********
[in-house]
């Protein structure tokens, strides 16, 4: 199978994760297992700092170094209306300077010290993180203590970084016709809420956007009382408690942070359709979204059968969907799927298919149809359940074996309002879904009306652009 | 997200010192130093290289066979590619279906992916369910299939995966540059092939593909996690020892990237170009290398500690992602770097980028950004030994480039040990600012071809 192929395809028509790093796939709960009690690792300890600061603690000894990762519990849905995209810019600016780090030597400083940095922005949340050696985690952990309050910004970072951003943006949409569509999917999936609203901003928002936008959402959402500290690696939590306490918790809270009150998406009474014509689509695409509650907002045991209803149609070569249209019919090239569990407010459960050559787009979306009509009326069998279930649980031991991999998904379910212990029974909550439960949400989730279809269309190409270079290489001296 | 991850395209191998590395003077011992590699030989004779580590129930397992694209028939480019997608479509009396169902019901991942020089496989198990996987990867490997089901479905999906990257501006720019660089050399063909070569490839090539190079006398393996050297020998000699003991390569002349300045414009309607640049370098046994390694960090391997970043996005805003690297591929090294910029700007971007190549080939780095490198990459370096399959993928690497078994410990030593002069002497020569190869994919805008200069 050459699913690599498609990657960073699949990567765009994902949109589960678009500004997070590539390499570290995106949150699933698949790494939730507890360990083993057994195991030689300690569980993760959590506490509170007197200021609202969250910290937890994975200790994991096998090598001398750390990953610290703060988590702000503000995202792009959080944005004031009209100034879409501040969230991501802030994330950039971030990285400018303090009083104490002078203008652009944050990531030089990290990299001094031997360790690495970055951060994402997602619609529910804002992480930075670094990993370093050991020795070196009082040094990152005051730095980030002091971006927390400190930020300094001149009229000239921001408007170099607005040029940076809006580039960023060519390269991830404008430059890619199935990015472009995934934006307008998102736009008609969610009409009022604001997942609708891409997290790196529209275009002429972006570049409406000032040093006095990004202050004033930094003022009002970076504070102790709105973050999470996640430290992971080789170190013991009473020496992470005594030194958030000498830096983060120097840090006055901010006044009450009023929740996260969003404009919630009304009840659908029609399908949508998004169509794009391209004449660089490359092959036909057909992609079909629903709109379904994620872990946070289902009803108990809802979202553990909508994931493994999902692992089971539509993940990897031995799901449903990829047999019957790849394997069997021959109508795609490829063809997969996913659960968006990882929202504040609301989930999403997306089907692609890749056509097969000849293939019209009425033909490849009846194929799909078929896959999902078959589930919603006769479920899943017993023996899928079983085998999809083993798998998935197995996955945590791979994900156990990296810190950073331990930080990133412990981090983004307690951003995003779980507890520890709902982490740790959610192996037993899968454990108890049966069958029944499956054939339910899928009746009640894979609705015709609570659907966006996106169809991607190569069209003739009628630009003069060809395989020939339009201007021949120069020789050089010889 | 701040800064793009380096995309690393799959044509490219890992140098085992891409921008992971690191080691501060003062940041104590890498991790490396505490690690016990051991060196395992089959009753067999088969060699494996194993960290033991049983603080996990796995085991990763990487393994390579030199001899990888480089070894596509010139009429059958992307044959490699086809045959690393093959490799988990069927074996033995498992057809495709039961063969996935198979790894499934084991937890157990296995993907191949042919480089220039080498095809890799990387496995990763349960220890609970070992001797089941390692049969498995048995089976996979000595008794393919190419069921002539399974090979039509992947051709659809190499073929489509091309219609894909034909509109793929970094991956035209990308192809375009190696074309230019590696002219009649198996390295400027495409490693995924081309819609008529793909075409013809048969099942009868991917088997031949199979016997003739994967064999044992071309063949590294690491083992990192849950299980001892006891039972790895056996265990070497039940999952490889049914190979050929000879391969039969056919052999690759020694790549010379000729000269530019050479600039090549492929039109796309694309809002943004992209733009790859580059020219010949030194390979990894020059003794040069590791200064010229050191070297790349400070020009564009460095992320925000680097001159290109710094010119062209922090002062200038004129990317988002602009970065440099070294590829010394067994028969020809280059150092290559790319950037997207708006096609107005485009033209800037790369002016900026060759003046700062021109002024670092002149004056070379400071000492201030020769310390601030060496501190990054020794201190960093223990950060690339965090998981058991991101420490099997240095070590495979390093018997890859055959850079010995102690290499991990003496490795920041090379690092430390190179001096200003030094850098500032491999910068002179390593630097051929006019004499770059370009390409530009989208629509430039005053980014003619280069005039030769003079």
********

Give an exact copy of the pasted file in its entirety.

[in-house]
């Protein structure tokens, strides 16, 4: 199978994760297992700092170094209306300077010290993180203590970084016709809420956007009382408690942070359709979204059968969907799927298919149809359940074996309002879904009306652009 | 997200010192130093290289066979590619279906992916369910299939995966540059092939593909996690020892990237170009290398500690992602770097980028950004030994480039040990600012071809 192929395809028509790093796939709960009690690792300890600061603690000894990762519990849905995209810019600016780090030597400083940095922005949340050696985690952990309050910004970072951003943006949409569509999917999936609203901003928002936008959402959402500290690696939590306490918790809270009150998406009474014509689509695409509650907002045991209803149609070569249209019919090239569990407010459960050559787009979306009509009326069998279930649980031991991999998904379910212990029974909550439960949400989730279809269309190409270079290489001296 | 991850395209191998590395003077011992590699030989004779580590129930397992694209028939480019997608479509009396169902019901991942020089496989198990996987990867490997089901479905999906990257501006720019660089050399063909070569490839090539190079006398393996050297020998000699003991390569002349300045414009309607640049370098046994390694960090391997970043996005805003690297591929090294910029700007971007190549080939780095490198990459370096399959993928690497078994410990030593002069002497020569190869994919805008200069 050459699913690599498609990657960073699949990567765009994902949109589960678009500004997070590539390499570290995106949150699933698949790494939730507890360990083993057994195991030689300690569980993760959590506490509170007197200021609202969250910290937890994975200790994991096998090598001398750390990953610290703060988590702000503000995202792009959080944005004031009209100034879409501040969230991501802030994330950039971030990285400018303090009083104490002078203008652009944050990531030089990290990299001094031997360790690495970055951060994402997602619609529910804002992480930075670094990993370093050991020795070196009082040094990152005051730095980030002091971006927390400190930020300094001149009229000239921001408007170099607005040029940076809006580039960023060519390269991830404008430059890619199935990015472009995934934006307008998102736009008609969610009409009022604001997942609708891409997290790196529209275009002429972006570049409406000032040093006095990004202050004033930094003022009002970076504070102790709105973050999470996640430290992971080789170190013991009473020496992470005594030194958030000498830096983060120097840090006055901010006044009450009023929740996260969003404009919630009304009840659908029609399908949508998004169509794009391209004449660089490359092959036909057909992609079909629903709109379904994620872990946070289902009803108990809802979202553990909508994931493994999902692992089971539509993940990897031995799901449903990829047999019957790849394997069997021959109508795609490829063809997969996913659960968006990882929202504040609301989930999403997306089907692609890749056509097969000849293939019209009425033909490849009846194929799909078929896959999902078959589930919603006769479920899943017993023996899928079983085998999809083993798998998935197995996955945590791979994900156990990296810190950073331990930080990133412990981090983004307690951003995003779980507890520890709902982490740790959610192996037993899968454990108890049966069958029944499956054939339910899928009746009640894979609705015709609570659907966006996106169809991607190569069209003739009628630009003069060809395989020939339009201007021949120069020789050089010889 | 701040800064793009380096995309690393799959044509490219890992140098085992891409921008992971690191080691501060003062940041104590890498991790490396505490690690016990051991060196395992089959009753067999088969060699494996194993960290033991049983603080996990796995085991990763990487393994390579030199001899990888480089070894596509010139009429059958992307044959490699086809045959690393093959490799988990069927074996033995498992057809495709039961063969996935198979790894499934084991937890157990296995993907191949042919480089220039080498095809890799990387496995990763349960220890609970070992001797089941390692049969498995048995089976996979000595008794393919190419069921002539399974090979039509992947051709659809190499073929489509091309219609894909034909509109793929970094991956035209990308192809375009190696074309230019590696002219009649198996390295400027495409490693995924081309819609008529793909075409013809048969099942009868991917088997031949199979016997003739994967064999044992071309063949590294690491083992990192849950299980001892006891039972790895056996265990070497039940999952490889049914190979050929000879391969039969056919052999690759020694790549010379000729000269530019050479600039090549492929039109796309694309809002943004992209733009790859580059020219010949030194390979990894020059003794040069590791200064010229050191070297790349400070020009564009460095992320925000680097001159290109710094010119062209922090002062200038004129990317988002602009970065440099070294590829010394067994028969020809280059150092290559790319950037997207708006096609107005485009033209800037790369002016900026060759003046700062021109002024670092002149004056070379400071000492201030020769310390601030060496501190990054020794201190960093223990950060690339965090998981058991991101420490099997240095070590495979390093018997890859055959850079010995102690290499991990003496490795920041090379690092430390190179001096200003030094850098500032491999910068002179390593630097051929006019004499770059370009390409530009989208629509430039005053980014003619280069005039030769003079």